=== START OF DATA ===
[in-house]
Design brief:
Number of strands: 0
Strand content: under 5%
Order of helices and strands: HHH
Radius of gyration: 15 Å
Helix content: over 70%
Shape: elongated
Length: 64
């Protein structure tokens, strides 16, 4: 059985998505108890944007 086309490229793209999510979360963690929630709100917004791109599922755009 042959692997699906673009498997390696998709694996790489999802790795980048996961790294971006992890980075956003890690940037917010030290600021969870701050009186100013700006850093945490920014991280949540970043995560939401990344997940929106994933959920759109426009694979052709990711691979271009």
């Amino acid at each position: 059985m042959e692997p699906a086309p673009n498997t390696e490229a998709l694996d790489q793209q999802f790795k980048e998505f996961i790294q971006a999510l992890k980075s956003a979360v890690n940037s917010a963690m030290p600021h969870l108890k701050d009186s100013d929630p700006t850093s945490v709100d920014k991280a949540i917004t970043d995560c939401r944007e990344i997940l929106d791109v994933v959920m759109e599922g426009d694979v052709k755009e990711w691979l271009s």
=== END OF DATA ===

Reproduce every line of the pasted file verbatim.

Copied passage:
[in-house]
Design brief:
Number of strands: 0
Strand content: under 5%
Order of helices and strands: HHH
Radius of gyration: 15 Å
Helix content: over 70%
Shape: elongated
Length: 64
């Protein structure tokens, strides 16, 4: 059985998505108890944007 086309490229793209999510979360963690929630709100917004791109599922755009 042959692997699906673009498997390696998709694996790489999802790795980048996961790294971006992890980075956003890690940037917010030290600021969870701050009186100013700006850093945490920014991280949540970043995560939401990344997940929106994933959920759109426009694979052709990711691979271009």
């Amino acid at each position: 059985m042959e692997p699906a086309p673009n498997t390696e490229a998709l694996d790489q793209q999802f790795k980048e998505f996961i790294q971006a999510l992890k980075s956003a979360v890690n940037s917010a963690m030290p600021h969870l108890k701050d009186s100013d929630p700006t850093s945490v709100d920014k991280a949540i917004t970043d995560c939401r944007e990344i997940l929106d791109v994933v959920m759109e599922g426009d694979v052709k755009e990711w691979l271009s």